Planting trees and Shrubs
When you are starting a new garden most people want to hide the fences. . . . I know I do.
That means you will be wanting to plant trees and shrubs.
Here is how to avoid two common mistakes.
It is temping to buy the largest size of the variety as it seems as though it will quickly make an impact.
There are two problems:
- The larger shrubs will cost 2-3 times as much, which is significant if you are going to be buying lots.
- Smaller and younger shrubs are generally more vigorous. I have found smaller shrubs can overtake a larger shrubs in a single growing season.
I found buying smaller with a little patience provides an excellent result in a couple of years at a big cost saving.
Too Much Support
If you took my advice above with regard to smaller plants you may not need to stake many plants.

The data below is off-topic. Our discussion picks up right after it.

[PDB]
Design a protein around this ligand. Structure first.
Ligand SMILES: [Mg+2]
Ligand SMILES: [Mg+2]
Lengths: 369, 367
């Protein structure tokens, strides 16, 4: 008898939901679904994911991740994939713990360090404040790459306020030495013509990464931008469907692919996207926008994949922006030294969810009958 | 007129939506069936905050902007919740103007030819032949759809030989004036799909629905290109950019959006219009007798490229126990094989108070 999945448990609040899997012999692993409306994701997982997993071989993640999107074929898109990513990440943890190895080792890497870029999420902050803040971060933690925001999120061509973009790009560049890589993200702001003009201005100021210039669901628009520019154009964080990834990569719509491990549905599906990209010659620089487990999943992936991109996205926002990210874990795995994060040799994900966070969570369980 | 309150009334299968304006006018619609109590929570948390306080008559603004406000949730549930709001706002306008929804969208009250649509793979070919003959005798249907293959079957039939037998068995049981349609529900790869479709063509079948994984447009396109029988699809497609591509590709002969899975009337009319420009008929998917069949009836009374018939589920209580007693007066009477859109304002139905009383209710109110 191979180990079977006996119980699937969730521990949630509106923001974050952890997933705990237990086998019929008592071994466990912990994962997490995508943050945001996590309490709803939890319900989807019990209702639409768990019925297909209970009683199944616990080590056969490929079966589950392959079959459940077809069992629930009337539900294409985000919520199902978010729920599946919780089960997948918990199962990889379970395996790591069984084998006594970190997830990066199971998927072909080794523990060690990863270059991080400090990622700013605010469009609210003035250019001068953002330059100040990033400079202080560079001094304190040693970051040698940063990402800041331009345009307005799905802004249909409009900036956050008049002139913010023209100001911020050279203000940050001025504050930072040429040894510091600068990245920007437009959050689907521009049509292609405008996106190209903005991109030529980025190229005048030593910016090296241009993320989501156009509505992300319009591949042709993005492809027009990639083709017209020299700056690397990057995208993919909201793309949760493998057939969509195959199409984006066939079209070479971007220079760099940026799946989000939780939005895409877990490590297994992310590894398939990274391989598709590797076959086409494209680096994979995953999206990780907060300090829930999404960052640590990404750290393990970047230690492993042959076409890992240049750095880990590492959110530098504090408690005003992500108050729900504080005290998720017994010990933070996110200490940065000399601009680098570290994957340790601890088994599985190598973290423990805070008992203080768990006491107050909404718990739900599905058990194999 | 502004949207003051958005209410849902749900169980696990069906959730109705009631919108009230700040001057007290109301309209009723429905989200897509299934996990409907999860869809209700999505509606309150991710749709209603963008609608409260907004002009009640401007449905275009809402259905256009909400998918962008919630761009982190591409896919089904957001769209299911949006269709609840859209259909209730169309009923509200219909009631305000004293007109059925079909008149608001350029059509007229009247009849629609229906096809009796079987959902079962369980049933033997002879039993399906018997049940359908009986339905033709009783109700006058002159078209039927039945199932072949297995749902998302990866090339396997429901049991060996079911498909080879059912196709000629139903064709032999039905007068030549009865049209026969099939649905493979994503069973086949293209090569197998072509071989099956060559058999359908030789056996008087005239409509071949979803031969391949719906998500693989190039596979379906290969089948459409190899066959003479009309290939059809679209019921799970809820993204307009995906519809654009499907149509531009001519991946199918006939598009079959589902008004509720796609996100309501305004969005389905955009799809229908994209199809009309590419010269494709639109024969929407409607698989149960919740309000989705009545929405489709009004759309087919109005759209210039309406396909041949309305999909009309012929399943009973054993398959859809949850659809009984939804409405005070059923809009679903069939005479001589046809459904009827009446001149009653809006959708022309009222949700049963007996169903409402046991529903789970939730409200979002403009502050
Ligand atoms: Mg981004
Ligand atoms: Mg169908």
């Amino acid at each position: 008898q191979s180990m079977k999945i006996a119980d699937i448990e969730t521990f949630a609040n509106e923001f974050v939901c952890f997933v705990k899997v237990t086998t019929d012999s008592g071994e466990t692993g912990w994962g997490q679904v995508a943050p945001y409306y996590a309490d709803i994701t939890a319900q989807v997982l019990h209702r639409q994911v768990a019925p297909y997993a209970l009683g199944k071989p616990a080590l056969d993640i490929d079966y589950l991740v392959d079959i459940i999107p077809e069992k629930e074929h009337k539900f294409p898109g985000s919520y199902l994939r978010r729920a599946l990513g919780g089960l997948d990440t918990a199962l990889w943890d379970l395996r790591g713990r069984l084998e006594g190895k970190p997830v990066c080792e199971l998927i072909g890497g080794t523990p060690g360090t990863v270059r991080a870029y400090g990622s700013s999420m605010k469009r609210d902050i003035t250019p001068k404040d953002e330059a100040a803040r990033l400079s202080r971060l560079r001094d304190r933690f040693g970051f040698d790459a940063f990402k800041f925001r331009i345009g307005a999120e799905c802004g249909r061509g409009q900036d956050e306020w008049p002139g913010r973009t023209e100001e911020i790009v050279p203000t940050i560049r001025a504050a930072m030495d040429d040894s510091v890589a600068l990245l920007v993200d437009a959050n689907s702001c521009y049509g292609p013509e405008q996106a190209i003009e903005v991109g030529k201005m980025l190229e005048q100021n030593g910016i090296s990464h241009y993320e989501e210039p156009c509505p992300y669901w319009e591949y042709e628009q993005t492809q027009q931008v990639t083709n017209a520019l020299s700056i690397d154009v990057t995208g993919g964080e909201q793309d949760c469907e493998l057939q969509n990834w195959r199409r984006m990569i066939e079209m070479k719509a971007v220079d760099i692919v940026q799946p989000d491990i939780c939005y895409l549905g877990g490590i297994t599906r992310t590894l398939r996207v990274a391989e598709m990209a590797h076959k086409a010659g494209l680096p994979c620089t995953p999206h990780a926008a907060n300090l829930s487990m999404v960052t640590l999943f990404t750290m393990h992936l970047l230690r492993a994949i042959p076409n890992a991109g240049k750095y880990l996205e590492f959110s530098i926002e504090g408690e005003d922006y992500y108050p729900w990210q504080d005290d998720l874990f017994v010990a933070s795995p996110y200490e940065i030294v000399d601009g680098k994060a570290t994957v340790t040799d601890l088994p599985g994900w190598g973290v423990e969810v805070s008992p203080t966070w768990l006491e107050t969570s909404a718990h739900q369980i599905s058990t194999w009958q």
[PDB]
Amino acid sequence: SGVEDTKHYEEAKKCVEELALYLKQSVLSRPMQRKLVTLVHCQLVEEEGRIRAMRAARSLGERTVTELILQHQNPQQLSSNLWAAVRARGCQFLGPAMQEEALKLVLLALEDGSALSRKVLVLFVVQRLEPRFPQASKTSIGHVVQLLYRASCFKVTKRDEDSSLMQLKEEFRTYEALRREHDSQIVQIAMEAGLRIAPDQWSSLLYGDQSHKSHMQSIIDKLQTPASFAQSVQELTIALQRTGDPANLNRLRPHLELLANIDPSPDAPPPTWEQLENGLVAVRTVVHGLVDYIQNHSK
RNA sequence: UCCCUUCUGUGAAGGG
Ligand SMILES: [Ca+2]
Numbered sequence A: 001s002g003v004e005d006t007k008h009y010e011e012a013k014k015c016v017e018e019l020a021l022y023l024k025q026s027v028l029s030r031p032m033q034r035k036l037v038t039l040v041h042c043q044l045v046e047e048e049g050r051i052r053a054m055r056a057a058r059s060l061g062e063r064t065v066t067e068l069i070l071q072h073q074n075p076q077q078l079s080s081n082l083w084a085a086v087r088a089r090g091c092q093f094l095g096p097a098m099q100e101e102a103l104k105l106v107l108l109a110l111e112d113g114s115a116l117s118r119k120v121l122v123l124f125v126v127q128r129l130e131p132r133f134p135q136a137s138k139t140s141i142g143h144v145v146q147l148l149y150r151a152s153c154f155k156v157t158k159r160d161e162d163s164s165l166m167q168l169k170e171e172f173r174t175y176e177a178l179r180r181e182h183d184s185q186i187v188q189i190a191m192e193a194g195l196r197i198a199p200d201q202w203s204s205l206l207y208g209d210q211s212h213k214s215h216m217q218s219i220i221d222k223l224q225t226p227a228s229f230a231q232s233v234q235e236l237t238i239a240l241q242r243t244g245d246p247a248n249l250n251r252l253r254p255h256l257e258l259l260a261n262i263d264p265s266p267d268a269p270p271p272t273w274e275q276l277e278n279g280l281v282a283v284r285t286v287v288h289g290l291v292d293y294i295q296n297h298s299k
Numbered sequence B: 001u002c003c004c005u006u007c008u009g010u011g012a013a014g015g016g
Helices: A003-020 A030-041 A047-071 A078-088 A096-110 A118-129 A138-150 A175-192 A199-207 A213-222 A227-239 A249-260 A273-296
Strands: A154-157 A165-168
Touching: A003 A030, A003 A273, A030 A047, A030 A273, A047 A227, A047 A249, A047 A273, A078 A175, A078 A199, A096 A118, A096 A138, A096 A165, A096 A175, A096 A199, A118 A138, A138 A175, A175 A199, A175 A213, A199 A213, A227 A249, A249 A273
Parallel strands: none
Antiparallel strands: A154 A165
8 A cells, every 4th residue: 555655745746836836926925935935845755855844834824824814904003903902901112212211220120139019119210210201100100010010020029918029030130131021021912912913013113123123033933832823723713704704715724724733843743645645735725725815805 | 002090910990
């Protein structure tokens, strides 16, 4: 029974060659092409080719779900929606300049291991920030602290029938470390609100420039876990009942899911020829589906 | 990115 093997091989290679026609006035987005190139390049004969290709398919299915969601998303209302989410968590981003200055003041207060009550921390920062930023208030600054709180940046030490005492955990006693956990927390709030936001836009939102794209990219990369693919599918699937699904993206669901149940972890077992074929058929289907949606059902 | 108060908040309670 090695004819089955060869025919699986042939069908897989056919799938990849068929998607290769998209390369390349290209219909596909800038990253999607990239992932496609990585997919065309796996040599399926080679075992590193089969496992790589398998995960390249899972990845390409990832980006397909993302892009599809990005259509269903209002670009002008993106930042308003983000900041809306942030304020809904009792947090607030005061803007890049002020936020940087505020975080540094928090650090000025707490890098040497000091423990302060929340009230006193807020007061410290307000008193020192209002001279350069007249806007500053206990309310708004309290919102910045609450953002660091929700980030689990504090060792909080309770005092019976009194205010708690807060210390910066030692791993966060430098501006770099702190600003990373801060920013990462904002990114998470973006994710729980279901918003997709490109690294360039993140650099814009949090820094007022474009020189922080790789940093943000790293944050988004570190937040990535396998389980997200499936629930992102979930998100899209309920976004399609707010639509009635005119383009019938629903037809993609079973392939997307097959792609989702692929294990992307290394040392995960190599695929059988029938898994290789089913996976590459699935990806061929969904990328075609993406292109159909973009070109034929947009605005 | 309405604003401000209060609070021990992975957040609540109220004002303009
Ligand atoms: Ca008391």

If you do need to support bear in mind that to grow strong trees need to be stressed and will react by increasing the size of roots and the trunk.
Staking plants too firmly can lead to a weakly anchored root system and tree damage
I normally stake about 1/3 of the way up (as you can see in this picture) using a soft tie to protect the bark.
The stake is positioned on the side that prevailing winds will blow.
The tree or shrub should be able to move gently in the wind to encourage the development of strong roots.
Regularly check the tie is not damaging the bark.
Generally it should only take a single growing season before the plant is established and the support can be removed.